Salvation Burger

230 E 51st StNew York, NY 10022 • (646) 277-2900 • salvationburger.com

If you’ve been following me for any length of time then you probably already know that I’m not a big fan of the burger at Spotted Pig. Which probably has you scratching your head as to why I would ever come here, well-knowing that this is the same chef.

To which I respond, “fair.” But isn’t our country built on second chances? From Robert Downy Jr. to John Travolta to Anthony Weiner- okay well almost on that last one.

So how’d it go? Just okay. The Salvation Burger is definitely the headliner here for a reason, and while it’s not the best burger I’ve had in the city, it might just eke its way into the top ten. I do recommend getting it with the Holy Cow beer that is brewed specifically to go with the burger, and while it does indeed live up to the mission, it’s not all that drinkable on its own.

The Classic Burger is also good, but because of its thinner patties the meat gets overwhelmed by all the other things going on and winds up tasting a lot like a more refined Big Mac.

Fries are good. Pickles are good. Apple pie is just okay (done like the Classic Burger, a fancy version of a McDonald’s staple)  and service is a train wreck. Also, the food is insanely overpriced for what it is. Don’t think I’d ever go back, because if I’m gonna drop that kinda coin on a burger that will supposedly “save me” I’d rather get the Black Label at Minetta or the Duck Burger at Elan. Now those are some soul-saving burgers right there!

Uncle Boons

7 Spring St. New York, NY 10012 (646) 370-6650 uncleboons.com

Mieng Kung, betel leaf wrap with ginger, lime, toasted coconut, dried shrimp, chilies and peanuts at Uncle Boons, a newly opened Thai restaurant and bar in SoHo.â€(R)CREDIT: Agaton Strom for The Wall Street Journalâ€(R)SLUG: HH.UncleBoons Published Credit: Agaton Strom for The Wall Street Journal

Having waited a stupid amount of time to get into the extraordinarily disappointing Spotted Pig, you’d think I’d’ve learned my lesson with these overrated, no-reservation-taking, wastes of time. But apparently not, because one again I found myself standing there like a puppy dog, panting before the hostess in the hopes of getting a table. But had I been more self aware, perhaps I would’ve noticed déjà vu staring me in the face.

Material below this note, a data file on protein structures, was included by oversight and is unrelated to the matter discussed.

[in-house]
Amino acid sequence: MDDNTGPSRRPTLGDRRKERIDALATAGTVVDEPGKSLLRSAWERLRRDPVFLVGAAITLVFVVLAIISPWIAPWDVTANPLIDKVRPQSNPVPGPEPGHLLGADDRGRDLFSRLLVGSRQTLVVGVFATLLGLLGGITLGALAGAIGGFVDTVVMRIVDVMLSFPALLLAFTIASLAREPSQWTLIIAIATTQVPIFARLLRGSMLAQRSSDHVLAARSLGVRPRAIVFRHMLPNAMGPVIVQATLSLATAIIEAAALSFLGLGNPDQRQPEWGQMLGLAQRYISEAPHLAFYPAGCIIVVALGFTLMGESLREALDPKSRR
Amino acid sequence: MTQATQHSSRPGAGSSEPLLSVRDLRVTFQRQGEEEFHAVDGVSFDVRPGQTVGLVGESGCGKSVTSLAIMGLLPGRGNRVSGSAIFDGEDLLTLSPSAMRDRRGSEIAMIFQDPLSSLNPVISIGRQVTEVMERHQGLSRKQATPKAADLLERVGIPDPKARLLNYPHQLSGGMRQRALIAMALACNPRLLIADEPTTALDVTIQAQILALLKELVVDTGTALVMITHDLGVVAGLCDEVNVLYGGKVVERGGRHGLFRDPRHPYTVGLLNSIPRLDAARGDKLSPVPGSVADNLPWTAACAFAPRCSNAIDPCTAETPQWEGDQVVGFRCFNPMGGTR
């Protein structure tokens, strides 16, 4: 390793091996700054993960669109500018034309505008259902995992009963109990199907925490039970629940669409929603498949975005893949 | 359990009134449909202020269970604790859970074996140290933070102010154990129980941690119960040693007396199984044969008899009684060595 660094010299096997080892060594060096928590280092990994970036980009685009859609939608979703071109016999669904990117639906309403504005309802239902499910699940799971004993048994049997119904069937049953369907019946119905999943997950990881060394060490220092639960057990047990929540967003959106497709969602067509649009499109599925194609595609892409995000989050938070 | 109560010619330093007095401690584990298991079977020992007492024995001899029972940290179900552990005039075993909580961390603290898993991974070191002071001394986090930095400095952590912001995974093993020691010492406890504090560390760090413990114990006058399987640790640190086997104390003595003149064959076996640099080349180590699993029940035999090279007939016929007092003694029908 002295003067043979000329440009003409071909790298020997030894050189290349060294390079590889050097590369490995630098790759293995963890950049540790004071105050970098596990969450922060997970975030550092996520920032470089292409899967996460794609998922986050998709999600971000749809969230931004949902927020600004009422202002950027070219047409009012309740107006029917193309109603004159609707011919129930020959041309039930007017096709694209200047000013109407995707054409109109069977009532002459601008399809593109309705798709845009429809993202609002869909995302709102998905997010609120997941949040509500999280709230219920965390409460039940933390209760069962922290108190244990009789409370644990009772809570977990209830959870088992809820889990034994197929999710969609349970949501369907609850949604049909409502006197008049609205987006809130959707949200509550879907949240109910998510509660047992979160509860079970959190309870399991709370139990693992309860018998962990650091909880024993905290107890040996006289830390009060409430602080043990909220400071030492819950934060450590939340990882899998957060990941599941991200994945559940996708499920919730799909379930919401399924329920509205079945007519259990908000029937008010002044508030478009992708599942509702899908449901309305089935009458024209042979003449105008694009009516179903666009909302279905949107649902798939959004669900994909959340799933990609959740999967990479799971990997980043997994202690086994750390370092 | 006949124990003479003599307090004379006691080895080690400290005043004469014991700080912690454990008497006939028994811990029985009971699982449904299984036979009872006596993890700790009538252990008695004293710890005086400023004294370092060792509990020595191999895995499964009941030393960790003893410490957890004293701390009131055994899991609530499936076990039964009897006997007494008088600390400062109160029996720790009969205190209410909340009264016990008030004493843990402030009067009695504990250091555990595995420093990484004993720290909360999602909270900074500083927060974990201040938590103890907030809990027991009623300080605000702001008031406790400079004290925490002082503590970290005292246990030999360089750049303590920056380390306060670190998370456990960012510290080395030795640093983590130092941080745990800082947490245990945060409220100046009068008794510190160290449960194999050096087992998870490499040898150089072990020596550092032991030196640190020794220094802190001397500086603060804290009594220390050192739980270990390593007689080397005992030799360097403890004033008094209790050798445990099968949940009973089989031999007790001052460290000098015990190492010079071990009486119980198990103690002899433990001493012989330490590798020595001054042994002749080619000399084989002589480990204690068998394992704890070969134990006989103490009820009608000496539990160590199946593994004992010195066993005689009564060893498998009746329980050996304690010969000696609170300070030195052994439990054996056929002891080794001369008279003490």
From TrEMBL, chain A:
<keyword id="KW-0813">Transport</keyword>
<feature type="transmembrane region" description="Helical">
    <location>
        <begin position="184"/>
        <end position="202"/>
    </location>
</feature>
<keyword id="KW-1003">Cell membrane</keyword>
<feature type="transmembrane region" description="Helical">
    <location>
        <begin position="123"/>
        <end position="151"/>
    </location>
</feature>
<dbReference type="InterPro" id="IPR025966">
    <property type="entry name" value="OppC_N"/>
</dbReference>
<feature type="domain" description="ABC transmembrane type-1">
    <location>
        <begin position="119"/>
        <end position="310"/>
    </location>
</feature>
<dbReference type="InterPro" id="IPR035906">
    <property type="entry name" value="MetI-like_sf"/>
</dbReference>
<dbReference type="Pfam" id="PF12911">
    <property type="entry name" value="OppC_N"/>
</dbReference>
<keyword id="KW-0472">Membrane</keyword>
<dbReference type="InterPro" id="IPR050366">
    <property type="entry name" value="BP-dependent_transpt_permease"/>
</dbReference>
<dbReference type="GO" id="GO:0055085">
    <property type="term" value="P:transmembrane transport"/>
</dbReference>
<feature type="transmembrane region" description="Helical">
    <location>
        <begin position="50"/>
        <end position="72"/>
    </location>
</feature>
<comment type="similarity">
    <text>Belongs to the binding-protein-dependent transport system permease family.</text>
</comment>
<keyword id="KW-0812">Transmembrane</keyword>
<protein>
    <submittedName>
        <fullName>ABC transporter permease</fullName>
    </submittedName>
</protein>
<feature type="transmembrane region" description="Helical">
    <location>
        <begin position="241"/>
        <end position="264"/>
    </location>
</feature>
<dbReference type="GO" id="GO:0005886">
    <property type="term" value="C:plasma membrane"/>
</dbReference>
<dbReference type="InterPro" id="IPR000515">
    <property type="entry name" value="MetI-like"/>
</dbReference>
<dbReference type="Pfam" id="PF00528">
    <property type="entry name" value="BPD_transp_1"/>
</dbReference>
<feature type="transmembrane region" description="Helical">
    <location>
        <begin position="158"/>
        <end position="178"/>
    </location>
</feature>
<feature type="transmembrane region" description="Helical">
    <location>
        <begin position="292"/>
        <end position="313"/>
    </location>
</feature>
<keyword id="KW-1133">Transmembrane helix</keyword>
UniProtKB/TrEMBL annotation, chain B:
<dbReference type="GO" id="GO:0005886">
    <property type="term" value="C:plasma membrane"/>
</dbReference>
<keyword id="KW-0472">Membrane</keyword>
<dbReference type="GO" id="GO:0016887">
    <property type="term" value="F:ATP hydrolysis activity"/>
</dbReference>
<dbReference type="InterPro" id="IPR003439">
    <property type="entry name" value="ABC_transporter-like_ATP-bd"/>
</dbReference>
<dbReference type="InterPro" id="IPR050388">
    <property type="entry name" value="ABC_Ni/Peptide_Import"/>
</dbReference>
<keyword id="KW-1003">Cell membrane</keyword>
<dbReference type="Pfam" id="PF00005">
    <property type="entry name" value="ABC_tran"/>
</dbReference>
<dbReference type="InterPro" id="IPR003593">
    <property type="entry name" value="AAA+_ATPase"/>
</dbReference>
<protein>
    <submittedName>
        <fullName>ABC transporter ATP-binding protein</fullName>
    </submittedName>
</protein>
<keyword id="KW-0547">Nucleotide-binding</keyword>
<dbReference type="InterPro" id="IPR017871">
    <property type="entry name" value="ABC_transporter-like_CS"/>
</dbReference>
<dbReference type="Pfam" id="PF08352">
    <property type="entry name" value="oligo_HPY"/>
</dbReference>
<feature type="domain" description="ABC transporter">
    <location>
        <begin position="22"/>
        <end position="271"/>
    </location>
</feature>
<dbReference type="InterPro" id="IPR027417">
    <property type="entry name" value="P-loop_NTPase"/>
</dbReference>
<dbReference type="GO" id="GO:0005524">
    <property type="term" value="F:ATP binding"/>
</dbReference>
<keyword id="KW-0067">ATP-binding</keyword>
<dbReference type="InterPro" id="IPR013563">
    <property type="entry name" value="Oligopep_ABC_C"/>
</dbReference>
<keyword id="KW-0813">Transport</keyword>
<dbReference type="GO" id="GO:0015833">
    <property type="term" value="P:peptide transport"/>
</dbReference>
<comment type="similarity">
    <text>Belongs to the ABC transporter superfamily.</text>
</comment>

Nonetheless, my stubbornness persevered and on we marched to the back room through a tiki-style décor that did little to put a smile on my face, only to then begin a meal that would have a lot of splainin’ to do (to be read like Desi Arnaz).

Out of the gate, the gripes began with the Frozen Basil Vodka which was very good, but I think they majorly skimped on the portion, serving it in a half-filled glass. Never seen that before and I’m guessing it was because they ran out of the cocktail by 8pm on a Friday night. Something else I’d never seen before and I’m not sure which is the more inexcusable part of the story. To run out of booze by 8pm on a Friday night? Or to charge full price for a half-full glass of it?!

But at least it tasted good, the other drink our server recommended, the Bolan, was so god awful that we sent it back after one sip, opting for the Baa Baa Bo Bo which was a nice, spicy-sweet twist on a margarita.

Getting back to our server, however, she was so miserable that she ruined the experience for us (not that the food wouldn’t have done if for her), giving not one recommendation and lying through her blatantly apathetic teeth, saying everything is amazing. It’s not. Far from it. So, between her piss pour attitude and trying to charge us for that drink that she pawned off on us when they ran out of the one we liked, Uncle Boons was starting to look like that creepy uncle we all try to avoid at obligatory family outings.

Toxic service aside, now for the over-hyped menu, starting with the spicy chicken, which while spicy, was also just okay- oh, and it’s completely mislabeled as a small plate. Unless you’re Andre the Giant.

The mango salad is slightly better, but nothing worthy of the wait we endured and neither is the Thai blood sausage, for that matter, tasting a slight notch above Alpo.

And while I would love nothing more than to go on and on shitting all over this place, my integrity is going to get the better of me as I must give props where props are do, even though it pains me to do so.

The first prop going to the dorade. It is so phenomenal that it just might be the best whole fish I’ve ever had. Charcoal roasted and served with charred leeks and a Nam Prik dipping sauce that is pinch-yourself ah-maze-ing!

And believe it or not, we also stayed for dessert, regardless of the abysmal hit ratio thus far, primarily out of spite for having made us wait so long for the table, so I suppose we felt like holding onto the damn thing as long as we could. A philosophy that paid its dividends quite quickly in the form of a rich, creamy, texture-filled coconut ice cream, topped with fresh-made whipped cream, more coconut shavings on top, as well charred nuts, which kinda steal the show.